Bonn: German Development Institute / Deutsches Institut für Entwicklungspolitik (DIE)
Price: 6 €
Denmark and Germany both make substantial investments in low carbon innovation, not least in the wind power sector. These investments in wind energy are driven by the twin objectives of reducing carbon emissions and building up international competitive advantage. Support for wind power dates back to the 1970s, but it has gained particular traction in recent years thus opening up new innovation paths. This paper explores the key features, similarities and differences in innovation paths in Denmark and Germany and sheds light on their main determinants.
The paper shows that there are many commonalities between Denmark and Germany when it comes to innovation pathways, both in technological and organisational innovation. In turbine technology, the similarities are the constant increase in turbine size and quality. The key difference to be found is the relative importance of different turbine designs. The ‘Danish Design’ remains the global standard. The direct drive design, while uncommon in Denmark, dominates the German installation base. Direct drive technology has thus emerged as a distinctly German design and sub-trajectory within the overall technological innovation path.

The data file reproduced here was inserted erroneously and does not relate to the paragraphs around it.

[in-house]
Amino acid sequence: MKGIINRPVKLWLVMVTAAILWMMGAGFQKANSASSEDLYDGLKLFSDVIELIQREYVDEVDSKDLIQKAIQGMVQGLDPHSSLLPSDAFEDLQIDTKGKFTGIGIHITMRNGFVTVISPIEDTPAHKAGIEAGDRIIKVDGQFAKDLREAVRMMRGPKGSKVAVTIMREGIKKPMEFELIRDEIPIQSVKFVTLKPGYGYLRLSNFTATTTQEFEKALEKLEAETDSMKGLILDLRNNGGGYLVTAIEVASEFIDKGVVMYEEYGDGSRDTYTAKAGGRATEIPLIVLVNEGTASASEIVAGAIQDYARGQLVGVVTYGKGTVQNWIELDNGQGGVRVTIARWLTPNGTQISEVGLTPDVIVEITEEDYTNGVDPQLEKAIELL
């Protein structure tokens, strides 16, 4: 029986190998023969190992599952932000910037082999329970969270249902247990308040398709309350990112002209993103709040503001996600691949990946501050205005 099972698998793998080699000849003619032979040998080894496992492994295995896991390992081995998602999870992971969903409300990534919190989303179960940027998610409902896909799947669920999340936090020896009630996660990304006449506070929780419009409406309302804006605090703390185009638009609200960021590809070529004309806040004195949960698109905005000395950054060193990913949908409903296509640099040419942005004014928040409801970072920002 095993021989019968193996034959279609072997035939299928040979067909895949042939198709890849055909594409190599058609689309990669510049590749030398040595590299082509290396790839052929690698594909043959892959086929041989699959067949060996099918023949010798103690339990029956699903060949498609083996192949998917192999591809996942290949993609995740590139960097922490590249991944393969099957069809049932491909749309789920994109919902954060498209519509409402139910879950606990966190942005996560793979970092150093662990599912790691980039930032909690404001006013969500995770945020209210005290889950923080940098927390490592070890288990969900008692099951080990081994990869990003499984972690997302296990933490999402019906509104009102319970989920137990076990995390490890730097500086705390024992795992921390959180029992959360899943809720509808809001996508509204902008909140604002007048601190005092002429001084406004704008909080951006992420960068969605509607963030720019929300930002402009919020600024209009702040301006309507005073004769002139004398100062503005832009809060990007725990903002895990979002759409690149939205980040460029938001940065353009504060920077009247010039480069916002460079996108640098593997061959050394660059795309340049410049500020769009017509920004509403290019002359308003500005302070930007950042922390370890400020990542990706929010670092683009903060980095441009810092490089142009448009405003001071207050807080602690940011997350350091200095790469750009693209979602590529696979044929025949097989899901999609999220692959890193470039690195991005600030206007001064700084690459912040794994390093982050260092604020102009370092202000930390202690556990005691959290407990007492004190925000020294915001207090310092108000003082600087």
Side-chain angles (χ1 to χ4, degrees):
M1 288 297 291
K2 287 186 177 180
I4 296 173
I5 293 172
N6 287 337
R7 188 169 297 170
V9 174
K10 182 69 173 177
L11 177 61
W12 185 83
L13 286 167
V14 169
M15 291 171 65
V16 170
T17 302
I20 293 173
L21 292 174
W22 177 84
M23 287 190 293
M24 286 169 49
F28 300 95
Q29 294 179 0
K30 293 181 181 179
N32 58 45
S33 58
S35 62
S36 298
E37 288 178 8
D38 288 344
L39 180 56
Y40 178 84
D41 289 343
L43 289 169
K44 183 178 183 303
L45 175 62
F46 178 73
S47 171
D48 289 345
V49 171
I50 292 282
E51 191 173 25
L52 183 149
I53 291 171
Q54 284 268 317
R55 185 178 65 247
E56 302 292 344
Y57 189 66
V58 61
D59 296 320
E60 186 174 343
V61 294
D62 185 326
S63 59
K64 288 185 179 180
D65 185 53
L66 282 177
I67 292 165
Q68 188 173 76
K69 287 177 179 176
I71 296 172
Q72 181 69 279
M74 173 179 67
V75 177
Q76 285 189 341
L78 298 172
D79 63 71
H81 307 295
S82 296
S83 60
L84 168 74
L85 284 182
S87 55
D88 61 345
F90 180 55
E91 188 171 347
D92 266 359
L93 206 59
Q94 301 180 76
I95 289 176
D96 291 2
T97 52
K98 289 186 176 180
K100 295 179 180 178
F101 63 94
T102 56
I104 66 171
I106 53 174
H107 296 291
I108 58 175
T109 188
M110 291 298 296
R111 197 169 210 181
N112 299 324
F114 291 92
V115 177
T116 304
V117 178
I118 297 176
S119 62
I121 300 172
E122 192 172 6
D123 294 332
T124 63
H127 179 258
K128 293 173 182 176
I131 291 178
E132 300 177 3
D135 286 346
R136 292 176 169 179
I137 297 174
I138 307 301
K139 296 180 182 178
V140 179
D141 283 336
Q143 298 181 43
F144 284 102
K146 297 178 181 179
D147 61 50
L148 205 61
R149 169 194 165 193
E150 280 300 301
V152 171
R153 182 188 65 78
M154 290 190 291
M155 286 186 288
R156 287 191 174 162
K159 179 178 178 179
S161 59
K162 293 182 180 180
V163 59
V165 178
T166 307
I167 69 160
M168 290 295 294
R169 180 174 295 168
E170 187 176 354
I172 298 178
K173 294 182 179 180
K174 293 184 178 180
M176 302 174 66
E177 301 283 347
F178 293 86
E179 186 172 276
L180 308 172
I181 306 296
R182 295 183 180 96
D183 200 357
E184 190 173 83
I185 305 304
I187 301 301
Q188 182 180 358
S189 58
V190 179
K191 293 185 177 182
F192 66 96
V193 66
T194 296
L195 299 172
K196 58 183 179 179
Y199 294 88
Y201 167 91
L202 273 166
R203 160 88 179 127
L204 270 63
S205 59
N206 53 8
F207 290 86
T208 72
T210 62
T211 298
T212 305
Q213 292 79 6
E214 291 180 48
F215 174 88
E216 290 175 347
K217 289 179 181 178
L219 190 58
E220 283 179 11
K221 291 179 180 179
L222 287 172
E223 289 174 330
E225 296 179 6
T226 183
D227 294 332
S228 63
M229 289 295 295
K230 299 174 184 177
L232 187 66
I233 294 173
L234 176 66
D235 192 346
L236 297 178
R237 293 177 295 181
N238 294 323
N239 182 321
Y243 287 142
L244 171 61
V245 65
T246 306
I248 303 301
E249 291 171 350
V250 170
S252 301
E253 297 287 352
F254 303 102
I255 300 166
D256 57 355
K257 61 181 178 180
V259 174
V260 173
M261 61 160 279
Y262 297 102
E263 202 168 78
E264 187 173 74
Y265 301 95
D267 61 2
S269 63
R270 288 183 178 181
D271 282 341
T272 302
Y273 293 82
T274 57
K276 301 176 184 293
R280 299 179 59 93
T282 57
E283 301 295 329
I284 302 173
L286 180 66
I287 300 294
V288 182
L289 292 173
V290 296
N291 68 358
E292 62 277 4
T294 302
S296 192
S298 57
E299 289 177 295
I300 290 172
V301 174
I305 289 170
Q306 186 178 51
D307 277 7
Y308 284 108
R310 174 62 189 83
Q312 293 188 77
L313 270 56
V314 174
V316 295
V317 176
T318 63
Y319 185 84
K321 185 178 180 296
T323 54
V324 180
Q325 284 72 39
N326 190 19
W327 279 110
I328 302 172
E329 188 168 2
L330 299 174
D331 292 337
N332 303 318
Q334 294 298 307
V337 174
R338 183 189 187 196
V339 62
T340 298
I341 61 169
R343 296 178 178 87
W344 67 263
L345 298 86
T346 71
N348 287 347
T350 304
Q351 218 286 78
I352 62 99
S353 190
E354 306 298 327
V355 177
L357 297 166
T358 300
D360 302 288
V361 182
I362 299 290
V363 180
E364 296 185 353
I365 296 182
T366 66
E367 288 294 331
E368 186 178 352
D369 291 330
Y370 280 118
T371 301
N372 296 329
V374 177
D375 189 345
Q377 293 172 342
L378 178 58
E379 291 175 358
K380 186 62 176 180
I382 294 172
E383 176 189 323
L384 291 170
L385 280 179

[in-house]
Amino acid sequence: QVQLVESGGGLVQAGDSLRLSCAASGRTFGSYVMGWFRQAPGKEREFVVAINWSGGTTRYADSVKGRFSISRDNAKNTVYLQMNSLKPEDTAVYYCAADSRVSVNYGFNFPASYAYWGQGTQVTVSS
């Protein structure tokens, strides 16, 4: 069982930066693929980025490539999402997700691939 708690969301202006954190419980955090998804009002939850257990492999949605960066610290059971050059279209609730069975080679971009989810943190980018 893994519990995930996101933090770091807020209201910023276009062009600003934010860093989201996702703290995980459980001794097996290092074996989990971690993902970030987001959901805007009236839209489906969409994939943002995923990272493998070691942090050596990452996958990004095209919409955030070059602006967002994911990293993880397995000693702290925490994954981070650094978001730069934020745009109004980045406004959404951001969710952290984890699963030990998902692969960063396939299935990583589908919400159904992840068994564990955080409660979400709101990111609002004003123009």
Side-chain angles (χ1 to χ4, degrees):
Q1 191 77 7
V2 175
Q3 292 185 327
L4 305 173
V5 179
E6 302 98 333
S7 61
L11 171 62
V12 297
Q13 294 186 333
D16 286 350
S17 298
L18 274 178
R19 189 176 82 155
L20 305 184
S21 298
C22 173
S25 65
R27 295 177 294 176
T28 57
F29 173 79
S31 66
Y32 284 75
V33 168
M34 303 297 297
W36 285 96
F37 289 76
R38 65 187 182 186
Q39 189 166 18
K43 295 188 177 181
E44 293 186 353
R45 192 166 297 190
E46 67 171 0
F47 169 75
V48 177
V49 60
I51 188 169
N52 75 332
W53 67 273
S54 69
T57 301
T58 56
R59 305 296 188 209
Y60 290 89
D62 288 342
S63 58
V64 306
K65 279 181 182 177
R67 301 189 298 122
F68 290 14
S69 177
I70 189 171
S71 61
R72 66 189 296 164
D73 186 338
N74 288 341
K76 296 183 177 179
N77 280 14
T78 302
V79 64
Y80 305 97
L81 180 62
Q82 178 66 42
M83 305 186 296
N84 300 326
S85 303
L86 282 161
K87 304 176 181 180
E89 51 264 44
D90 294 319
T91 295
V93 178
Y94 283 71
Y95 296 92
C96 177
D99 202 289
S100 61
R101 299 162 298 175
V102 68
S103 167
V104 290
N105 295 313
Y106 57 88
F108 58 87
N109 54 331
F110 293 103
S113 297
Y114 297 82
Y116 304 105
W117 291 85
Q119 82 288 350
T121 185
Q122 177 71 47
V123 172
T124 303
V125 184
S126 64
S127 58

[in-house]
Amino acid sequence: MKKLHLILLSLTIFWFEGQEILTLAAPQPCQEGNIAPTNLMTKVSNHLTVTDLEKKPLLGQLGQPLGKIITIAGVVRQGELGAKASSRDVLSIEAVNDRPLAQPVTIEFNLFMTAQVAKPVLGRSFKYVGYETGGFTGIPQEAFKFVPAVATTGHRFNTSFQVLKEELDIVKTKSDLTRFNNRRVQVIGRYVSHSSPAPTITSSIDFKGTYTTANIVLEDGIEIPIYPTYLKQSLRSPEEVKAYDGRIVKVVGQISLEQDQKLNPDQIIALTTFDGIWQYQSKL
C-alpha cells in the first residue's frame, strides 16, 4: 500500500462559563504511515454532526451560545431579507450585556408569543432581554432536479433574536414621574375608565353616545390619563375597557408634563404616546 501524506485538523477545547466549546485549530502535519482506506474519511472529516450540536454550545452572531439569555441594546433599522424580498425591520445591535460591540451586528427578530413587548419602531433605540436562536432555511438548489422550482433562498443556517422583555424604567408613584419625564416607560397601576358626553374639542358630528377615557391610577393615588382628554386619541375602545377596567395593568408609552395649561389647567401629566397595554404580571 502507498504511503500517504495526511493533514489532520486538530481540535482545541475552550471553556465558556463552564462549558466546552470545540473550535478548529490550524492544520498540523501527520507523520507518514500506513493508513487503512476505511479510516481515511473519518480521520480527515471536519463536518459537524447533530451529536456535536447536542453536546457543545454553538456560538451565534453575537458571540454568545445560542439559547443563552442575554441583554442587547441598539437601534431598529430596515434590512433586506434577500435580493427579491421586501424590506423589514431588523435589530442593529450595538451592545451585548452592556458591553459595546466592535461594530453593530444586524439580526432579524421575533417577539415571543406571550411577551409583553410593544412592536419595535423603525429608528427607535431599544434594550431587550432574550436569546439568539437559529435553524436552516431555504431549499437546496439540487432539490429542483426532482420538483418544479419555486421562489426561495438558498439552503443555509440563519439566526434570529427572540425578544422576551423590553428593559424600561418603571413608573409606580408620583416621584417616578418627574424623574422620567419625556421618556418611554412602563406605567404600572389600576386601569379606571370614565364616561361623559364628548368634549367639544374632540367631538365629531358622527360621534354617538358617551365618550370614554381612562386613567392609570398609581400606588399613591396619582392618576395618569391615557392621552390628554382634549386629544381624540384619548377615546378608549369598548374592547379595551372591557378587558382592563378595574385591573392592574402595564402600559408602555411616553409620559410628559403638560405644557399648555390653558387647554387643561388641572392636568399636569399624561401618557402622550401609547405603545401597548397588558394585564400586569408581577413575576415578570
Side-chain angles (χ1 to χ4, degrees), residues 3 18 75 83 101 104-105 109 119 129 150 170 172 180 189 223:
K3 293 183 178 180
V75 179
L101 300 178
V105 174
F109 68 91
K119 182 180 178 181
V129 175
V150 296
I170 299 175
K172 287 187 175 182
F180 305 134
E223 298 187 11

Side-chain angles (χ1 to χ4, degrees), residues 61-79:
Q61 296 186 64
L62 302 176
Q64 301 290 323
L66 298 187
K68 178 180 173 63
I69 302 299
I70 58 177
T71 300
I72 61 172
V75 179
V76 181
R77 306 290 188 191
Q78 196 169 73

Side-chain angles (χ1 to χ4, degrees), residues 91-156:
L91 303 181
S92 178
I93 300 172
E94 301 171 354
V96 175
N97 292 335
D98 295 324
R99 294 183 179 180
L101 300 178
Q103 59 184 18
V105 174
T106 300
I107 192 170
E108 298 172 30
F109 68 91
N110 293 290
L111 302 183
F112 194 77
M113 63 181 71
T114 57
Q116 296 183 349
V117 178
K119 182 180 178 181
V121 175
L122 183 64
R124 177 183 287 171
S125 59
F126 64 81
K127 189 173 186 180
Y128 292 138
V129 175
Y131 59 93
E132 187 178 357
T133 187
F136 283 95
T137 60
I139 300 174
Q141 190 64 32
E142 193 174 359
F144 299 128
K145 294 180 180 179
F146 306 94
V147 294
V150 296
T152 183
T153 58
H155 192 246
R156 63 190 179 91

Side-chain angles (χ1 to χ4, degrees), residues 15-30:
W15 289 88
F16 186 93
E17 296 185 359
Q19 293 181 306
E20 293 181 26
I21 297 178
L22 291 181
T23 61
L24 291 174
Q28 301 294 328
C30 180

When it comes to organising wind turbine deployment, both countries have moved along broadly similar paths. There are now fewer turbines deployed than at any time in the past 10 to 20 years, but on average these are concentrated in larger projects and the production capacity and total electricity output has increased significantly in both countries. The key difference is in the role of the offshore segment in deployment: Denmark has been a pioneer in the offshore segment, which has hitherto played a much smaller role in Germany.
While this paper shows that there are many common features between the two countries, it also identifies a diversity of pathways, or rather, a co-existence of different sub-trajectories in both core technology and in the organisation of deployment. It is as yet unclear whether the future will bring more convergence or divergence.
To address this, the paper explores specific determinants of innovation paths: government policies, demand conditions, geography, value chains, and the strategies undertaken by firms. It demonstrates that the innovation paths common to both countries have roots in a confluence of determining factors which are mainly due to social and political priorities, preferences and decisions at national level. However, the sub-trajectories, which create variation between Denmark and Germany, differ in this regard. They tend to have roots in ‘given’ geographical conditions and in company-level technology choices. In other words, many of the similarities in innovation paths between Denmark and Germany have common national causes, while company-specific strategies also influence the innovation paths in significant ways. This raises important questions about the national specificity of innovation paths in wind power development.
Finally, the paper briefly addresses the increasing global interconnectedness of wind technology markets and the role of emerging new players, such as China and India.